3. All Display buttons are touch control – and no menus
  4. Any button can have a physical button and a TFT touch or any combination.
  5. 100 memory channels
  6. Tunable BFO’s
  7. 3 VFO’S – A  B  and  MEM
  8. USB / LSB
  9. TX  timeout control
  10. Touch TX button and or physical TX control – for ptt mike or digital modes (vox input low)

Next : New Feature – Working on adding  CAT Control

Connections diagram

Joe VE1BWV subsequently uploaded the connection diagram to show how the Arduino Mega 2560 connects to the display, the si5351a and the main board.

Another audio pop mod

Joe VE1BWV provides another audio pop mod:

You probably will want to install a pop click fix to eliminate a loud pop whenever TX is turned on and off.   This circuit uses a 1N4148 diode, a 470k  or 300k resistor, a .22 or .44uF cap and a 2n7000 MOSFET.  Joe says this works amazingly well and mounts on the rear of the volume pot as indicated below (ignore the 0.1 uF capacitor).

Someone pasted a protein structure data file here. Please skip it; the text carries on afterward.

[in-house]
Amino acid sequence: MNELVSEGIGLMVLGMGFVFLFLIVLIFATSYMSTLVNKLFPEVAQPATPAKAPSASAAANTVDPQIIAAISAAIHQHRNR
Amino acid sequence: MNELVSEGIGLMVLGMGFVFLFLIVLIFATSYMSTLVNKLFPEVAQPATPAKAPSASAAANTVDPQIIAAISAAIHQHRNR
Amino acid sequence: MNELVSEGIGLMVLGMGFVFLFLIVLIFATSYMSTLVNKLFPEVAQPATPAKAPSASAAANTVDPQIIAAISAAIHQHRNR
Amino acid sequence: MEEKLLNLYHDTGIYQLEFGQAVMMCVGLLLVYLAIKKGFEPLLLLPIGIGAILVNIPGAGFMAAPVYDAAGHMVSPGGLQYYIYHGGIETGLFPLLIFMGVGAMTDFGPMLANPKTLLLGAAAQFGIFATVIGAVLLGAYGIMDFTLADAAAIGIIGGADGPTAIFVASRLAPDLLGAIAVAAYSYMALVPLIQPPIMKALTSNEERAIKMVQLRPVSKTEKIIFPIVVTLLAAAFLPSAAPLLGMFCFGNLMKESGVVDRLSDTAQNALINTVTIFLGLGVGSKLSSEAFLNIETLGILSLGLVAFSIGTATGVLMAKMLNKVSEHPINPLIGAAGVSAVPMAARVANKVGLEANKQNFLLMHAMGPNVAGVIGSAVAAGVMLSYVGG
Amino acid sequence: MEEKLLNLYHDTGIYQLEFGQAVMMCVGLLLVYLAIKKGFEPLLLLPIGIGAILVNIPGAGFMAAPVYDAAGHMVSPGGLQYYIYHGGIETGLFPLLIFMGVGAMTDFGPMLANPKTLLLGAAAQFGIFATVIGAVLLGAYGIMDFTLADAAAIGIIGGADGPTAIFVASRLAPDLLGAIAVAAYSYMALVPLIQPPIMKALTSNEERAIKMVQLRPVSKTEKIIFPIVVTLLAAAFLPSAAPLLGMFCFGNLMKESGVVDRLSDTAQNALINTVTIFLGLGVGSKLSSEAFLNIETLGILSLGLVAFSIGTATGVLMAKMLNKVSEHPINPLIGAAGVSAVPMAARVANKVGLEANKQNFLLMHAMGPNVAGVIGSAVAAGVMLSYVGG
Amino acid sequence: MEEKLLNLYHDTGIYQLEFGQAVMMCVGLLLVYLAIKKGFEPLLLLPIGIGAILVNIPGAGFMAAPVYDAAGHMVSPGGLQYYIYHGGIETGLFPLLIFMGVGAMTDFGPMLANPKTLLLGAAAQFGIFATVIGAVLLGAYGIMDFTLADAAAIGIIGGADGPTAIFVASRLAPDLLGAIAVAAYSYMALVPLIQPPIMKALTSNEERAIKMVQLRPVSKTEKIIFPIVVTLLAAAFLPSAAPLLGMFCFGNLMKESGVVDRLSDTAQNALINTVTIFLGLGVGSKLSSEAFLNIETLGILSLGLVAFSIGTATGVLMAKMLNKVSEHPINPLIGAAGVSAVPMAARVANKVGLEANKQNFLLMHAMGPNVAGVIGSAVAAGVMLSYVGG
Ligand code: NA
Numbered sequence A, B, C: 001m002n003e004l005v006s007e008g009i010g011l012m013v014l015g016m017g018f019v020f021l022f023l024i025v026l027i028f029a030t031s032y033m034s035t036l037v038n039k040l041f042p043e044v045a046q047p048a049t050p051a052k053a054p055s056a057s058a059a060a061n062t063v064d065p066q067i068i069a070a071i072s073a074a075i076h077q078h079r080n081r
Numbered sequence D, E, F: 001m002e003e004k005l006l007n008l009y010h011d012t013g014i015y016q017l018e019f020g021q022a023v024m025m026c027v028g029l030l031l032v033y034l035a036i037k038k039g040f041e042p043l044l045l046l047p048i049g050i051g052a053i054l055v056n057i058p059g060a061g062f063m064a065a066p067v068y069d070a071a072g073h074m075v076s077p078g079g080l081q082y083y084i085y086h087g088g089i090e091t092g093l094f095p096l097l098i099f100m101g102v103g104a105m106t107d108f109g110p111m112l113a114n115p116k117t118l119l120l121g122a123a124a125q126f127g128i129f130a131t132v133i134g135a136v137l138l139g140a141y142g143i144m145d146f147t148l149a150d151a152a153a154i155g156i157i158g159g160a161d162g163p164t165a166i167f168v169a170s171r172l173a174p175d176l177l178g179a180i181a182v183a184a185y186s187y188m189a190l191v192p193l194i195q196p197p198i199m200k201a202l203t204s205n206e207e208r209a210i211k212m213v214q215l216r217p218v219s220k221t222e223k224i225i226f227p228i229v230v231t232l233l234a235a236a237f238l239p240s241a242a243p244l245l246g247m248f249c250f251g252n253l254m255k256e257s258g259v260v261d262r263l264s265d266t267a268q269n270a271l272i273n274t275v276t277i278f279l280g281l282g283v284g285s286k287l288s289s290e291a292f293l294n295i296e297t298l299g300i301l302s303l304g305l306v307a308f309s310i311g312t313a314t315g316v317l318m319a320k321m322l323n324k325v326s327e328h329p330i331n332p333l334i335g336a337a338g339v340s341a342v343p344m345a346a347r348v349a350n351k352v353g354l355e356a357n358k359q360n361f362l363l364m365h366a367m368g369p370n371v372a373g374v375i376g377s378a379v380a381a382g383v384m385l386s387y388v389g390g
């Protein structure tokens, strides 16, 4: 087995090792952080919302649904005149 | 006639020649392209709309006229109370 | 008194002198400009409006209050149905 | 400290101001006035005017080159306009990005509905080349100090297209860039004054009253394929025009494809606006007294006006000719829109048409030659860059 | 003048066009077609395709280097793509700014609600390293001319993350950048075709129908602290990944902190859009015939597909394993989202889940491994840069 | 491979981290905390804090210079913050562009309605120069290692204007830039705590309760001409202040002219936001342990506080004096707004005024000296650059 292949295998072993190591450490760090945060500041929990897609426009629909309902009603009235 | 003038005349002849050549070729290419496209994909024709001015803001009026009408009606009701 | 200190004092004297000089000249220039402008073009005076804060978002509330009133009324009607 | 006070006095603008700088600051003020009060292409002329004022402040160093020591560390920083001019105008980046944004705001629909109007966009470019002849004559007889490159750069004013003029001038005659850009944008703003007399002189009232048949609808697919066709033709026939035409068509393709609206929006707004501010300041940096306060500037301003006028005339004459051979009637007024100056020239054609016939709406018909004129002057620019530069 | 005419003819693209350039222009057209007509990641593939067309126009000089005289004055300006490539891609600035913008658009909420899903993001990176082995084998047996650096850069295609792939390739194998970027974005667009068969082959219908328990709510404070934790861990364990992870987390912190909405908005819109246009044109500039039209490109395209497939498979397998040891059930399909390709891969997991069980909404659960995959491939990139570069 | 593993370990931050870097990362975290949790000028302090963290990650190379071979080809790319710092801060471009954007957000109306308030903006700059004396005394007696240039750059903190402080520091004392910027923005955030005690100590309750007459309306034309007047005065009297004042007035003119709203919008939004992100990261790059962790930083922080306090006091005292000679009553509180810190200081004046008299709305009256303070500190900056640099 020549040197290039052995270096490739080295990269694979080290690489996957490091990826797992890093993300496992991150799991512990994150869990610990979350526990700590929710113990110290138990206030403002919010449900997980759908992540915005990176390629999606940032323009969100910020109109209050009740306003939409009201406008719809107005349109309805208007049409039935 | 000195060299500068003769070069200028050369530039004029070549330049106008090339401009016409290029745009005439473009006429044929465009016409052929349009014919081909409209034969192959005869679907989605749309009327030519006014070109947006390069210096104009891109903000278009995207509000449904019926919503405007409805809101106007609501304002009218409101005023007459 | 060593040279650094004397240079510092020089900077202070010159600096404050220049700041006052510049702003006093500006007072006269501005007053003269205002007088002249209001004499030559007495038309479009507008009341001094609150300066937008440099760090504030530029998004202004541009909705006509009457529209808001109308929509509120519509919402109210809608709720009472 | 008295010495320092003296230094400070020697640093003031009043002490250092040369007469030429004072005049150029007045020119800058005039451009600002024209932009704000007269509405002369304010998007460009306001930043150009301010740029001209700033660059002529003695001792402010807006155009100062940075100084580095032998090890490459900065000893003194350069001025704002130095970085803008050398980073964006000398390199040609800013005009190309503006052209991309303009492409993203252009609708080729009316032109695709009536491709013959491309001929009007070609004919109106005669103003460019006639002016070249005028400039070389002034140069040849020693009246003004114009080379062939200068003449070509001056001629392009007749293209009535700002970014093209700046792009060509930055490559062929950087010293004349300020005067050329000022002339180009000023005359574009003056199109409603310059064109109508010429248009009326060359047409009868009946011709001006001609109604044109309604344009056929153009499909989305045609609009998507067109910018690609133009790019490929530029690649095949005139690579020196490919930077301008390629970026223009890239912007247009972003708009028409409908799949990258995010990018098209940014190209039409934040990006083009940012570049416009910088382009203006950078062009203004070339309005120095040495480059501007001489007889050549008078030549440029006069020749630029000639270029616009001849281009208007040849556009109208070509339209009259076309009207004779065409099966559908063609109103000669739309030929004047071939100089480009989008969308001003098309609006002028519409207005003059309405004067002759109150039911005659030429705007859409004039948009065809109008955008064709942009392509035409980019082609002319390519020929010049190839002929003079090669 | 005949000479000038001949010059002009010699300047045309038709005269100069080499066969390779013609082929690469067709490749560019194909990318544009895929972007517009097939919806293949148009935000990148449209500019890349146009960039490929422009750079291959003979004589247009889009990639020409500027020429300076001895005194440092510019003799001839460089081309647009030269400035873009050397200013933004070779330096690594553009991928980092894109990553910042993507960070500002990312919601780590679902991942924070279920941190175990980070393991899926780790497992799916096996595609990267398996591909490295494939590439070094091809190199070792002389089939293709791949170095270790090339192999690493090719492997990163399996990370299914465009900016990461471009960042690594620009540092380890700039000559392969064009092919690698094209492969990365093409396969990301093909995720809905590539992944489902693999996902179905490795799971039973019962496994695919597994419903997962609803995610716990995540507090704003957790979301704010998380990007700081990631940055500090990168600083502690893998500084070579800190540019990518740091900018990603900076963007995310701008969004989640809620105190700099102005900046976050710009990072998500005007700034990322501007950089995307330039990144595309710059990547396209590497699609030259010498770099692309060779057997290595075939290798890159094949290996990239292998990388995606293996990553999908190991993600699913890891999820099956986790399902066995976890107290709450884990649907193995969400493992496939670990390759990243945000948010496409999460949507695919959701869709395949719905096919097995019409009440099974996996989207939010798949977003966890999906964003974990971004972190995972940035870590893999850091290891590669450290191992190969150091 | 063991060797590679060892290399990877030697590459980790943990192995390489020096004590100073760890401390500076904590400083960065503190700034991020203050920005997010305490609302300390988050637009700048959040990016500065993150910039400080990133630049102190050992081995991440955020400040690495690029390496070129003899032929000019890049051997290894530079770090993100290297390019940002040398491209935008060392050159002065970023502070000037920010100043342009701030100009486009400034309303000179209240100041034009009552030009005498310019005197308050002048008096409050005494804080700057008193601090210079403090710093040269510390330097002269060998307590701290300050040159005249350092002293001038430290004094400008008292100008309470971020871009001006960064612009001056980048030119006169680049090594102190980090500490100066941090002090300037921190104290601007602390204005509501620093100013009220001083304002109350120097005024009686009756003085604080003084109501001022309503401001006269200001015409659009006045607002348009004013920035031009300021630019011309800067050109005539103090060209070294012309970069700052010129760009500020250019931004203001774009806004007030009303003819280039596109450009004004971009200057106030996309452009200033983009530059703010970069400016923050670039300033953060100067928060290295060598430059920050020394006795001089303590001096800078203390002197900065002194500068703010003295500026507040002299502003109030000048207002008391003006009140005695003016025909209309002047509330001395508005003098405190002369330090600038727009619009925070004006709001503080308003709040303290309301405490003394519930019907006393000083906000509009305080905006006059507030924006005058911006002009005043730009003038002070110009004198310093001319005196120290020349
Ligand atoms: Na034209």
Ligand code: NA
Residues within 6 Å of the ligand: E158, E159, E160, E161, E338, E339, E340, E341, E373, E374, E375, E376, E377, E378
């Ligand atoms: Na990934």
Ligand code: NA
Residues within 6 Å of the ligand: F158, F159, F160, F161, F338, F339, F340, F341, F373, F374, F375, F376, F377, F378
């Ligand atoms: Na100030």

Reference

The first TFT display for uBITx

The first uBITx has appeared with a 2.8” TFT display.  The hardware is from Joe VE1BWV and the software from VU2SPF.

The display provides full touch control along with physical optional buttons.  100 memory channels come standard, along with a tunable BFO, selection of VFO A, B or M. All bands are selectable from the front display which is a cheap 2.8” TFT touch display.  Joe uses an AT Mega 2560 processor for lots of pins and better performance and an Si5351 for DDS.

Reference

Further details were given subsequently by Joe VE1BWV …

We have already done this for the Bitx40 and released software, videos etc.
Under youtube vu2spf and facebook as well as in the [BITX20] io group.
They are for the Bitx40 but the new code for ubitx has all the same features.I have 2 of my 3 Bitx running the basic same code. They work and look great.

See http:// vu2spf.blogspot.ca

This has info on the code, features, hardware, etc.  The full UBITX info will be posted soon, including the arduino sketch, hardware options, where to source parts.   An article in QRP magazine has just been released to subscribers.

Reference